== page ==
A goal properly set is halfway reached. – Zig Ziglar
The New Year’s Resolution
The new year is known to many as the season of resolutions. It is the time where we take a look at ourselves and try to picture what changes we want to make. We start off strong in January in a ‘Winter Cleansing’ of sorts. However, by February, we are no longer on the path to our goals; or, our goals have changed. How often do you set a mark on January 1st and think, ‘this is the year I will…’ only to become discouraged a few weeks later? Last year, on January 1st, I made it my resolution to overcome the resolution rollercoaster.
This past week my family and I took a trip to celebrate the great times we experienced in 2016 and dream about what adventures 2017 is going to bring. During the trip, I took some time to review the goals I set last year and assess how well I overcame the resolution rollercoaster. From this process, I ended up learning more about setting goals than about how successful I was at achieving those goals. Here are 6 lessons that I learned.
- Ensure your goals are comprehensive – This is something I did well this past year. Sometimes, our goals are focused in one area of our lives; such as work, fitness, or finances, but we may overlook other areas that could use improvement. In January, I read The Daniel Plan which breaks comprehensive health into 5 areas; Faith, Food, Fitness, Focus, and Friends. From their model, I developed categories as a structure for me to set more comprehensive goals without losing focus on my priorities. I adapted Focus as the category for my work goals and added additional categories of Family and Finances.
- You can have too many goals – While these categories helped to diversify my goals across all aspects of my life, I made the mistake of creating a minimum of three goals in each area. Across the seven areas, I crafted almost 30 goals. As you can imagine, this was too much for me to effectively focus my efforts. Instead of trying to create numerous goals in each category, it is better to focus your energy on a manageable number of goals.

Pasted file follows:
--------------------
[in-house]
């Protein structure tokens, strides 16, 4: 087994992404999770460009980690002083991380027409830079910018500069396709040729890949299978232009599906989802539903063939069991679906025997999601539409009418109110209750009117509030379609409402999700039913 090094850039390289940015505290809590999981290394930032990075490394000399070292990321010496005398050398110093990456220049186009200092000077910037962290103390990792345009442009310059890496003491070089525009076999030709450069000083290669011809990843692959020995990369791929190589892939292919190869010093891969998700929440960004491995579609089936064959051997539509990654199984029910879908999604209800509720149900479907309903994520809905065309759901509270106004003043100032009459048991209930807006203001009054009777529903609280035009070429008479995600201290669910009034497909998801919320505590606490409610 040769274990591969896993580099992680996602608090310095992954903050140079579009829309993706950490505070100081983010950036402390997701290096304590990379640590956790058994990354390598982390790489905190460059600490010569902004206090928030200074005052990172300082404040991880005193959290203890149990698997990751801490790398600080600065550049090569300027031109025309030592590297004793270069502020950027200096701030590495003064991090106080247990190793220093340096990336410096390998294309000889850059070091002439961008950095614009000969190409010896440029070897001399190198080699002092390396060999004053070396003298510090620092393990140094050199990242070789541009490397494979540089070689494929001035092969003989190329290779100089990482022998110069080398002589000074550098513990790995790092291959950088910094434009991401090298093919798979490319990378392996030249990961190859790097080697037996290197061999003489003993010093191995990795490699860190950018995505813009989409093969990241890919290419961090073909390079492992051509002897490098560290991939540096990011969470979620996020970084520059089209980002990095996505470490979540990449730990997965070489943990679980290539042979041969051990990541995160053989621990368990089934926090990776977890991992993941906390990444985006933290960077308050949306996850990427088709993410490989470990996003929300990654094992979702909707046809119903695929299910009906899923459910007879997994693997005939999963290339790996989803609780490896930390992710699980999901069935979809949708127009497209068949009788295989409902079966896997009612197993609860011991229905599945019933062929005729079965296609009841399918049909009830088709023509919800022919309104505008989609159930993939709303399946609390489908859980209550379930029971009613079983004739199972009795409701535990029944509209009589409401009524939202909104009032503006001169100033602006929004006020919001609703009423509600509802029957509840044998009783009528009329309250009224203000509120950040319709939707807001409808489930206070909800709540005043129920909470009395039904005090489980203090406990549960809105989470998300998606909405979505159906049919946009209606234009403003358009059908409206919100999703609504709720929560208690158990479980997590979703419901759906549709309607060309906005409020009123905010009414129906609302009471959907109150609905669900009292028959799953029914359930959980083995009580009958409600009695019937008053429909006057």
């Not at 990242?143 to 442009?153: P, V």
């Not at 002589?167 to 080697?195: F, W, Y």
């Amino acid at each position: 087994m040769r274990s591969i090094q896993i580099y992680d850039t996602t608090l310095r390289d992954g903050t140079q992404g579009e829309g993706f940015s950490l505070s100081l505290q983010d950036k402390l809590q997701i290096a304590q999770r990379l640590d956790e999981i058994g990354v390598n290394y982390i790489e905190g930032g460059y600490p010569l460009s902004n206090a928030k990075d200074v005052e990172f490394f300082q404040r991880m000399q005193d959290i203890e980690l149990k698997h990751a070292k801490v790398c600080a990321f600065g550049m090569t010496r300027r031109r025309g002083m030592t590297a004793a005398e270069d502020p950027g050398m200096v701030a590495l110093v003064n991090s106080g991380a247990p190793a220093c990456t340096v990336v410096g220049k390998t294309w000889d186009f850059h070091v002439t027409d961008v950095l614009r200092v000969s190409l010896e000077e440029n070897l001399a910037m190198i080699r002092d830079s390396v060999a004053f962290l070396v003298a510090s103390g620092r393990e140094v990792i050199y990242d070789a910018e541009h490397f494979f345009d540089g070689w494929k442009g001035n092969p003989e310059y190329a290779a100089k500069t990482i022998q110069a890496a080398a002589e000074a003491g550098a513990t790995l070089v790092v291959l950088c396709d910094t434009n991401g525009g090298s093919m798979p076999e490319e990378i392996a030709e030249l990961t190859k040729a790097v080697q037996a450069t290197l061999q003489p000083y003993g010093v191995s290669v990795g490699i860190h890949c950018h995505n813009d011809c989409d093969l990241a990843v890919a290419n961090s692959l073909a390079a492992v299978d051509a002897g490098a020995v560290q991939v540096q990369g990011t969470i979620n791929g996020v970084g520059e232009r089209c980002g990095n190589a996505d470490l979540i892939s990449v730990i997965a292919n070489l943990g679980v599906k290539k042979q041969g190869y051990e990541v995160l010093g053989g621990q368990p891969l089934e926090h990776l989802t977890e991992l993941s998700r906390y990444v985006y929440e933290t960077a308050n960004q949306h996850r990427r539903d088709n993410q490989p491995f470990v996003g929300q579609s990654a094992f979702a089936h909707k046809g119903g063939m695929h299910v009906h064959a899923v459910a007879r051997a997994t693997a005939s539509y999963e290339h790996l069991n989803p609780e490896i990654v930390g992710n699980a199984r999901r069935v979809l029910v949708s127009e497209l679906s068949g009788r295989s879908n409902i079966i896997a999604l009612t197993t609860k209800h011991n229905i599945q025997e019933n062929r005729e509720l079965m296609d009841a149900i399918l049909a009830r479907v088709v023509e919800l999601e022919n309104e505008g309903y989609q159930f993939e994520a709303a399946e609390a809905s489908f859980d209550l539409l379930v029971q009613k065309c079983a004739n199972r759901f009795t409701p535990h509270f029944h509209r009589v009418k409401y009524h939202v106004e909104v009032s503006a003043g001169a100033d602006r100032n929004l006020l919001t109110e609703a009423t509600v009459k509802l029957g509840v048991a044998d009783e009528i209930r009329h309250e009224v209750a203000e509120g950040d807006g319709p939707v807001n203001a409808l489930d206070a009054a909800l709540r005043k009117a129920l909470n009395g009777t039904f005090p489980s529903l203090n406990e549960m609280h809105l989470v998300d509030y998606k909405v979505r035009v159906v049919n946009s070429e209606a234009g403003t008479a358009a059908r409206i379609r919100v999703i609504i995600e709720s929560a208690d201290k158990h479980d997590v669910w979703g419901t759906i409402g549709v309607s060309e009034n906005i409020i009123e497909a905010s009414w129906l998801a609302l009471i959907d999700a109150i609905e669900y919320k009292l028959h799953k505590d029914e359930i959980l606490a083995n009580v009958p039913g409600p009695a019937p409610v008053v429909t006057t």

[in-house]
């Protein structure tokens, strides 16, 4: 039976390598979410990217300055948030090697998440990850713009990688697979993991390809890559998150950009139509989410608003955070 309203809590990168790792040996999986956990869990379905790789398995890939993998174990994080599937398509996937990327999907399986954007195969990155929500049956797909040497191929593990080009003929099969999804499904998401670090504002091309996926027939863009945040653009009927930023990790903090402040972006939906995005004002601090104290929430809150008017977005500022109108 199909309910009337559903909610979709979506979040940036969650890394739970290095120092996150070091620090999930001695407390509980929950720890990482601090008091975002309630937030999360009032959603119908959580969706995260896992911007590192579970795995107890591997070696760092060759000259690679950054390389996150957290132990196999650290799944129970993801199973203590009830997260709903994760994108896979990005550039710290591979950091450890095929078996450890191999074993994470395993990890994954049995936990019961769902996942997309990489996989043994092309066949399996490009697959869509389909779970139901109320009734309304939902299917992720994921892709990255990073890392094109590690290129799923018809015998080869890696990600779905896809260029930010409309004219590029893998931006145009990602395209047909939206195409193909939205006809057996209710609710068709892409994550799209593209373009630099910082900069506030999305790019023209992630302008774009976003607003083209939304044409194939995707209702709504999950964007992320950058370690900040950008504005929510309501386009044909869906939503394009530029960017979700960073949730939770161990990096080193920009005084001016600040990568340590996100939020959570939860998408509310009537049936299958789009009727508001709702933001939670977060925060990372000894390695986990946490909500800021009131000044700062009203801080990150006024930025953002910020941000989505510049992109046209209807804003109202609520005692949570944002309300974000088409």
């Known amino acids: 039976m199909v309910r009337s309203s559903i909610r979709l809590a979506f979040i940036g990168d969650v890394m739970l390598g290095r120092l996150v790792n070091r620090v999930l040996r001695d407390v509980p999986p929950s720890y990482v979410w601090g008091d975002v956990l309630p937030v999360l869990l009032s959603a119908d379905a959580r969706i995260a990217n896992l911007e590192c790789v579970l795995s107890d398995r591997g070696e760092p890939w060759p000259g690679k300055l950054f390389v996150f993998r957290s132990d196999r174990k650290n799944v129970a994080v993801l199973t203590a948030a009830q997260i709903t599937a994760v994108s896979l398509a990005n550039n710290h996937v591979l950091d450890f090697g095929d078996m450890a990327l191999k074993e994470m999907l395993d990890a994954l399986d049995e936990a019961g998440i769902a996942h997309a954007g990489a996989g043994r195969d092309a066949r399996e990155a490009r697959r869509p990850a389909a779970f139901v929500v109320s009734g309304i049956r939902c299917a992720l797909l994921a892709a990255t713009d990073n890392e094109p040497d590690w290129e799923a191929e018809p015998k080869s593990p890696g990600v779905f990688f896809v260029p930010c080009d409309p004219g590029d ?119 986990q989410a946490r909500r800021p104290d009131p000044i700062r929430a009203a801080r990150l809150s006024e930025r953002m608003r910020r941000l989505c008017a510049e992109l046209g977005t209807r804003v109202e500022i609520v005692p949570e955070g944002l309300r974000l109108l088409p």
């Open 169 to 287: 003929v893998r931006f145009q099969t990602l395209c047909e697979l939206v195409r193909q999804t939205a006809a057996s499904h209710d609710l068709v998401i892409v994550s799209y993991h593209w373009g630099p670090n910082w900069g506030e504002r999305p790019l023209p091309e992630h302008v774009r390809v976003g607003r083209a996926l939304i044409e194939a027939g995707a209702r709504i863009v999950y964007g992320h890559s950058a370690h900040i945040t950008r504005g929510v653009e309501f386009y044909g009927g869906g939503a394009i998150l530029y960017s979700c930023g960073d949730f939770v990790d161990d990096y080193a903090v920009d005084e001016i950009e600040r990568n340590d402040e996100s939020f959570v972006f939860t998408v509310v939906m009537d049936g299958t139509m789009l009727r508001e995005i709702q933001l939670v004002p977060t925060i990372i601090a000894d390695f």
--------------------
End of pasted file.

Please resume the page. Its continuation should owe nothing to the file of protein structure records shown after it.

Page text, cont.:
- Write your goals down – The power of a written goal astonishes me. While I did not achieve all of my goals this past year, I did come much closer to them than if I had not written them down. In the past when I developed goals, but did not write them down, it was easy for me to compromise, change, or forget them. When they are well documented, it is hard to deny them and much easier to make steps toward them.
- SMART goals really are smart – SMART goals are goals that are Specific, Measurable, Achievable, Relevant, and a Time-bound. I rushed through writing some of my goals last year and did not follow the SMART rule. My goal for Food was simply written as “eat healthier” and was only achieved due to the support of my wonderful wife. Other goals I wrote were not attainable or time bound leaving me with a list in December that tended more toward dreams than goals.
- Develop an action plan – A direct result of too many poorly written goals is that it is difficult to develop a coherent plan to accomplish them. Without an action plan to clearly define the steps needed to achieve a goal it remains a dream that is less likely to be achieved.
- Habitually review your goals – Once I set my goals, only one or two stayed on my mind throughout the entire year. I looked at them occasionally, but not enough to ensure that I stayed on track. If I had looked at them regularly, I may have recognized the ambiguity of some of them and been able to refine them to have more structure. For the others, regular reviews would have helped to identify action steps to consistently move me closer to achieving them.
The Year of You
As you move farther into 2017, I encourage you to consider these lessons while developing or reviewing your goals. I am confident that through taking the following steps, you will conquer your goals this year.
- Set comprehensive goals that challenge you in all areas of your life. Consider the seven areas: Faith, Food, Fitness, Focus, Friends, Family, and Finances as a format for evaluating your current state and dreaming about your future.
- Limit your goals to less than ten. Take the dreams in each area of your life, figure out which ones are most important to you, and keep the rest as dreams. It is easy to refine one of those dreams into a goal once you accomplish one of your ten original goals.
- Write your goals down to resist the temptation to become complacent with your current state or compromise on the initial intention of the goal.
- Follow the SMART framework to provide clarity for your goals. This will help you to know when you achieve your goal.
- Develop an action plan to provide a clear path to achieving your goal.
- Reference your goals daily to remind you of what is important. This will help you to stay focused as distractions or temptations arise. Weekly reviews of your goals and action plans will help to ensure that you are still on the path to success.
What is your number one goal for 2017?